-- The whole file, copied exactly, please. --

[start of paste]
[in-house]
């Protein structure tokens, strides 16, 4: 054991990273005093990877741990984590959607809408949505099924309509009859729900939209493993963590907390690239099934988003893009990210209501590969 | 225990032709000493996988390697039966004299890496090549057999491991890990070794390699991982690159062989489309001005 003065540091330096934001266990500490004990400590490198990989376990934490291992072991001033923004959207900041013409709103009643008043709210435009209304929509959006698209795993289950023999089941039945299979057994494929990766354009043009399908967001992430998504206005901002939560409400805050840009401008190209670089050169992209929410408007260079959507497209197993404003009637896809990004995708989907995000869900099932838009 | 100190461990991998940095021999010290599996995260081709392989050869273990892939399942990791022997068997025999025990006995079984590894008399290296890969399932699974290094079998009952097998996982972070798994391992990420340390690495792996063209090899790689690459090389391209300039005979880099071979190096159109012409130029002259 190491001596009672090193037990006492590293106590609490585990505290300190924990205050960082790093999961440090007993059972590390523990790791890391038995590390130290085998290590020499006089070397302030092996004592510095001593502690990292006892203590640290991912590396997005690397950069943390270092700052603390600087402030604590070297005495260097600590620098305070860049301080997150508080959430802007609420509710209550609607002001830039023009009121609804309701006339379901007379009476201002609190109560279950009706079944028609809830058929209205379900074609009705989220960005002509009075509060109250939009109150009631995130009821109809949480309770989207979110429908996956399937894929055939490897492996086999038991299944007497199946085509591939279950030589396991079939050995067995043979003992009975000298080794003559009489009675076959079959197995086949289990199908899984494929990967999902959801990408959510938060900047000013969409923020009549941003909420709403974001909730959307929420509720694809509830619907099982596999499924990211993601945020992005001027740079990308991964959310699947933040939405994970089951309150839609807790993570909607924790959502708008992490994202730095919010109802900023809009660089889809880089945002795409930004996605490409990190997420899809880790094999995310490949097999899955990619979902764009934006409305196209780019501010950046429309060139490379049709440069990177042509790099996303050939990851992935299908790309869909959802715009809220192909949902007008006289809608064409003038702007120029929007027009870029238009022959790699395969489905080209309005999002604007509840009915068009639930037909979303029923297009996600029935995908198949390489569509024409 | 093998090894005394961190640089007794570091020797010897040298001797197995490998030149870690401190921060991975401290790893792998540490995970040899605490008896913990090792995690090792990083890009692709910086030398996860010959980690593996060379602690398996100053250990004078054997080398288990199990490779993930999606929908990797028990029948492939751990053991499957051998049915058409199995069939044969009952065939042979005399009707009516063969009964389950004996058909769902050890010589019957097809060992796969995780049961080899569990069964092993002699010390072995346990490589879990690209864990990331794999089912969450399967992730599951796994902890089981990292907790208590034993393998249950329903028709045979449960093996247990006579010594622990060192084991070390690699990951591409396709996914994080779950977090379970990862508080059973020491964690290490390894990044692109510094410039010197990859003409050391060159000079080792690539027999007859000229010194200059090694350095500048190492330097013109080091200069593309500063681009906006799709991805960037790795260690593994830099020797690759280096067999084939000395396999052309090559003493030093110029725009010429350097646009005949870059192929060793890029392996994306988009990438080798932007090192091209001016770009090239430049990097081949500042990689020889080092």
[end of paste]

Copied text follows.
[in-house]
């Protein structure tokens, strides 16, 4: 054991990273005093990877741990984590959607809408949505099924309509009859729900939209493993963590907390690239099934988003893009990210209501590969 | 225990032709000493996988390697039966004299890496090549057999491991890990070794390699991982690159062989489309001005 003065540091330096934001266990500490004990400590490198990989376990934490291992072991001033923004959207900041013409709103009643008043709210435009209304929509959006698209795993289950023999089941039945299979057994494929990766354009043009399908967001992430998504206005901002939560409400805050840009401008190209670089050169992209929410408007260079959507497209197993404003009637896809990004995708989907995000869900099932838009 | 100190461990991998940095021999010290599996995260081709392989050869273990892939399942990791022997068997025999025990006995079984590894008399290296890969399932699974290094079998009952097998996982972070798994391992990420340390690495792996063209090899790689690459090389391209300039005979880099071979190096159109012409130029002259 190491001596009672090193037990006492590293106590609490585990505290300190924990205050960082790093999961440090007993059972590390523990790791890391038995590390130290085998290590020499006089070397302030092996004592510095001593502690990292006892203590640290991912590396997005690397950069943390270092700052603390600087402030604590070297005495260097600590620098305070860049301080997150508080959430802007609420509710209550609607002001830039023009009121609804309701006339379901007379009476201002609190109560279950009706079944028609809830058929209205379900074609009705989220960005002509009075509060109250939009109150009631995130009821109809949480309770989207979110429908996956399937894929055939490897492996086999038991299944007497199946085509591939279950030589396991079939050995067995043979003992009975000298080794003559009489009675076959079959197995086949289990199908899984494929990967999902959801990408959510938060900047000013969409923020009549941003909420709403974001909730959307929420509720694809509830619907099982596999499924990211993601945020992005001027740079990308991964959310699947933040939405994970089951309150839609807790993570909607924790959502708008992490994202730095919010109802900023809009660089889809880089945002795409930004996605490409990190997420899809880790094999995310490949097999899955990619979902764009934006409305196209780019501010950046429309060139490379049709440069990177042509790099996303050939990851992935299908790309869909959802715009809220192909949902007008006289809608064409003038702007120029929007027009870029238009022959790699395969489905080209309005999002604007509840009915068009639930037909979303029923297009996600029935995908198949390489569509024409 | 093998090894005394961190640089007794570091020797010897040298001797197995490998030149870690401190921060991975401290790893792998540490995970040899605490008896913990090792995690090792990083890009692709910086030398996860010959980690593996060379602690398996100053250990004078054997080398288990199990490779993930999606929908990797028990029948492939751990053991499957051998049915058409199995069939044969009952065939042979005399009707009516063969009964389950004996058909769902050890010589019957097809060992796969995780049961080899569990069964092993002699010390072995346990490589879990690209864990990331794999089912969450399967992730599951796994902890089981990292907790208590034993393998249950329903028709045979449960093996247990006579010594622990060192084991070390690699990951591409396709996914994080779950977090379970990862508080059973020491964690290490390894990044692109510094410039010197990859003409050391060159000079080792690539027999007859000229010194200059090694350095500048190492330097013109080091200069593309500063681009906006799709991805960037790795260690593994830099020797690759280096067999084939000395396999052309090559003493030093110029725009010429350097646009005949870059192929060793890029392996994306988009990438080798932007090192091209001016770009090239430049990097081949500042990689020889080092």